Archaeological research in Crow Canyon, USA
Crow Canyon Archaeological Center offers up to 11 trips each year for those willing to get their hands dirty as they dabble in amateur archaeology. Visitors’ accommodations are in one of 10 “hogans”, circular log cabins built in the traditional Navajo style on the centre’s 28-hectare campus. The campus is part of a site that was occupied by Mesa Verde’s Ancestral Puebloans more than 1,000 years ago. The trips, lasting seven to 10 days, explore the land in relation to what is known about the region’s indigenous occupants. Visitors study the interaction of light, landscape and architecture, or participate in a dig.

Yoga in Rishikesh, India
A trip to the birthplace of yoga is an obvious choice if you are looking for a mystical experience inside and out. Not only does yoga promote relaxation through meditation; research conducted by the University of Texas has revealed it can help alleviate the negative side effects of cancer treatment.  At Rishikesh, in the serene foothills of the Himalayas, special retreats invite novices to practice stretching, breathing and contemplation alongside qualified yogi masters. Depending on where you stay, you might also be encouraged to help out in the organic garden and cook for the group, in between soul-enriching excursions into the mountains. Ashrams offer courses to suit varying levels, from a few weeks to three months.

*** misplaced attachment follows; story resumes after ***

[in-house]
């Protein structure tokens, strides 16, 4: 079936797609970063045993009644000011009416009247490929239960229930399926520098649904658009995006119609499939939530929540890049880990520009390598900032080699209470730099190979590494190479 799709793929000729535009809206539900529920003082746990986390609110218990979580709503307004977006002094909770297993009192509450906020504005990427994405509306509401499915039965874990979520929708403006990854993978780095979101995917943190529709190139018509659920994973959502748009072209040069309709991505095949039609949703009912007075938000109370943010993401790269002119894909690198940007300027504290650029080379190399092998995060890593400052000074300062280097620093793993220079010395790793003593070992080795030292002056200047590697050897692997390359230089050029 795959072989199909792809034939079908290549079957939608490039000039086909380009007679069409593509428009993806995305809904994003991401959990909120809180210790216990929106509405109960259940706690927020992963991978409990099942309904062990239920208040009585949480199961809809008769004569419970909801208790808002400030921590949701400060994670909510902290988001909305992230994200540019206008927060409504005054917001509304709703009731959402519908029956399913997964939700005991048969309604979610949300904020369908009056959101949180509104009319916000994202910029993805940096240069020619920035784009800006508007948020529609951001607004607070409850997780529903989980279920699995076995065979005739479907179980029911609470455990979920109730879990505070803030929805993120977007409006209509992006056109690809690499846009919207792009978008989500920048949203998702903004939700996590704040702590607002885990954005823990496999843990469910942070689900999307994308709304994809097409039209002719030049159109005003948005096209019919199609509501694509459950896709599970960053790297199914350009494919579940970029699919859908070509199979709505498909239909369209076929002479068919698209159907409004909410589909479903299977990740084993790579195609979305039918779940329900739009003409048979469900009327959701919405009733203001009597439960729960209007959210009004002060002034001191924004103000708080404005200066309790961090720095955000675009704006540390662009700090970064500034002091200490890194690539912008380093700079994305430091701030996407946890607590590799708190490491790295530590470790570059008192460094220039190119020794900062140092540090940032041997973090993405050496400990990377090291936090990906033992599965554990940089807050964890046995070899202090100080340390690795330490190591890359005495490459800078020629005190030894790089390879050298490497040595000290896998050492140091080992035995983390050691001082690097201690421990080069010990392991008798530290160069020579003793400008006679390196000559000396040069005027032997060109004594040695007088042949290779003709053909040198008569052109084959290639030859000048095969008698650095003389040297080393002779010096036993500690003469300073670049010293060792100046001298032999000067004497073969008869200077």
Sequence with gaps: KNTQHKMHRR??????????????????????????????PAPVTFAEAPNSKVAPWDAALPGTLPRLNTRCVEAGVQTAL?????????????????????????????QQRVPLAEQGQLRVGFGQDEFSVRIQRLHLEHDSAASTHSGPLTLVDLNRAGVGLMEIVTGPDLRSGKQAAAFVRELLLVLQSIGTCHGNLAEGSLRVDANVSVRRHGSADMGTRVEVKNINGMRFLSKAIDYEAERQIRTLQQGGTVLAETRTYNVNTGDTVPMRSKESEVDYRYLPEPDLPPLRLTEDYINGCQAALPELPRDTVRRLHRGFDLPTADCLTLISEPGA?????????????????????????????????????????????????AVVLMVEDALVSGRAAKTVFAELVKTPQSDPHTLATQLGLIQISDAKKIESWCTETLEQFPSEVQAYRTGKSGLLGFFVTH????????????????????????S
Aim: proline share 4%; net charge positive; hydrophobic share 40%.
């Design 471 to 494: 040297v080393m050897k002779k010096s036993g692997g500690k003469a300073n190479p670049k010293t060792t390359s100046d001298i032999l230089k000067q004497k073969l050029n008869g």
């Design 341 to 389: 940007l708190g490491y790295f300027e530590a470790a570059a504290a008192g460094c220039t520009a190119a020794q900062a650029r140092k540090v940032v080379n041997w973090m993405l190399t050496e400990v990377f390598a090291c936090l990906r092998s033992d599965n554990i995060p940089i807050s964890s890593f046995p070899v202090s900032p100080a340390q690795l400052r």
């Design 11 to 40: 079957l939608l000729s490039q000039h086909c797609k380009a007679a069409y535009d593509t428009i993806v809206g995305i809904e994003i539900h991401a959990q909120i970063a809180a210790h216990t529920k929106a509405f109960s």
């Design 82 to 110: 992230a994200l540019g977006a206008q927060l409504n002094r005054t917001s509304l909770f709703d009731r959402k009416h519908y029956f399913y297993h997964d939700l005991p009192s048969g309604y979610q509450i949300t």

Learning Spanish in Patagonia, Argentina